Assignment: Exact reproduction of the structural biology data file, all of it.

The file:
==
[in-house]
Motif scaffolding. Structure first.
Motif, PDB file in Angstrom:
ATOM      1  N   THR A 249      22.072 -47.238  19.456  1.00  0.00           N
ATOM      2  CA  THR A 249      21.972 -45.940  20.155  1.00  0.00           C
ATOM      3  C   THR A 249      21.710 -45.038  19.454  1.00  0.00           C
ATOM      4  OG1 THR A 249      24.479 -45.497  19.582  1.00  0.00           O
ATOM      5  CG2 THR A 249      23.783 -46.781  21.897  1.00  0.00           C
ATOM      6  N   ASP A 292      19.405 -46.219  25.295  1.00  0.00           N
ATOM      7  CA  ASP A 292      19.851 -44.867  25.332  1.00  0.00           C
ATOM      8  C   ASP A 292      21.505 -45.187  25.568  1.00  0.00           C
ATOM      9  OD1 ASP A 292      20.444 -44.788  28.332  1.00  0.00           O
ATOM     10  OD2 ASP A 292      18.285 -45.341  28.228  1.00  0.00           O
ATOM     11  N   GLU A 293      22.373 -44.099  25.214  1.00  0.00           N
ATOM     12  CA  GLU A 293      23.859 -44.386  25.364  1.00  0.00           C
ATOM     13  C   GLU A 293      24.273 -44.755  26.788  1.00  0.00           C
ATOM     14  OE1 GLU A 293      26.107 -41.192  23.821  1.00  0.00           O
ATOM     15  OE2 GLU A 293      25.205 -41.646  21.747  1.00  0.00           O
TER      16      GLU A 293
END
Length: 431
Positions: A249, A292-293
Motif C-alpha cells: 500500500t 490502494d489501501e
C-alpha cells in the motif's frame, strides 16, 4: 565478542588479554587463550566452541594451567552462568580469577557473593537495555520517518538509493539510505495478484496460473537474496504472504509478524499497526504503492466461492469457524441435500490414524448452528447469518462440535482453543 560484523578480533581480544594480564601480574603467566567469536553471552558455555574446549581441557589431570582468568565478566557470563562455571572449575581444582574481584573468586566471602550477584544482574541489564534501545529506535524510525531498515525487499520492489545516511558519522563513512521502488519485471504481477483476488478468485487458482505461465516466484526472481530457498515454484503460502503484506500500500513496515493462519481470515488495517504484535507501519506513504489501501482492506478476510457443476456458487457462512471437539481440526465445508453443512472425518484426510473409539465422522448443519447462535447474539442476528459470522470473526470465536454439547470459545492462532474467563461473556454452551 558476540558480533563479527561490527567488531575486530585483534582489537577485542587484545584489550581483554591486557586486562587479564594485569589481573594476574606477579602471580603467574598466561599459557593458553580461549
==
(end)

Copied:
[in-house]
Motif scaffolding. Structure first.
Motif, PDB file in Angstrom:
ATOM      1  N   THR A 249      22.072 -47.238  19.456  1.00  0.00           N
ATOM      2  CA  THR A 249      21.972 -45.940  20.155  1.00  0.00           C
ATOM      3  C   THR A 249      21.710 -45.038  19.454  1.00  0.00           C
ATOM      4  OG1 THR A 249      24.479 -45.497  19.582  1.00  0.00           O
ATOM      5  CG2 THR A 249      23.783 -46.781  21.897  1.00  0.00           C
ATOM      6  N   ASP A 292      19.405 -46.219  25.295  1.00  0.00           N
ATOM      7  CA  ASP A 292      19.851 -44.867  25.332  1.00  0.00           C
ATOM      8  C   ASP A 292      21.505 -45.187  25.568  1.00  0.00           C
ATOM      9  OD1 ASP A 292      20.444 -44.788  28.332  1.00  0.00           O
ATOM     10  OD2 ASP A 292      18.285 -45.341  28.228  1.00  0.00           O
ATOM     11  N   GLU A 293      22.373 -44.099  25.214  1.00  0.00           N
ATOM     12  CA  GLU A 293      23.859 -44.386  25.364  1.00  0.00           C
ATOM     13  C   GLU A 293      24.273 -44.755  26.788  1.00  0.00           C
ATOM     14  OE1 GLU A 293      26.107 -41.192  23.821  1.00  0.00           O
ATOM     15  OE2 GLU A 293      25.205 -41.646  21.747  1.00  0.00           O
TER      16      GLU A 293
END
Length: 431
Positions: A249, A292-293
Motif C-alpha cells: 500500500t 490502494d489501501e
C-alpha cells in the motif's frame, strides 16, 4: 565478542588479554587463550566452541594451567552462568580469577557473593537495555520517518538509493539510505495478484496460473537474496504472504509478524499497526504503492466461492469457524441435500490414524448452528447469518462440535482453543 560484523578480533581480544594480564601480574603467566567469536553471552558455555574446549581441557589431570582468568565478566557470563562455571572449575581444582574481584573468586566471602550477584544482574541489564534501545529506535524510525531498515525487499520492489545516511558519522563513512521502488519485471504481477483476488478468485487458482505461465516466484526472481530457498515454484503460502503484506500500500513496515493462519481470515488495517504484535507501519506513504489501501482492506478476510457443476456458487457462512471437539481440526465445508453443512472425518484426510473409539465422522448443519447462535447474539442476528459470522470473526470465536454439547470459545492462532474467563461473556454452551 558476540558480533563479527561490527567488531575486530585483534582489537577485542587484545584489550581483554591486557586486562587479564594485569589481573594476574606477579602471580603467574598466561599459557593458553580461549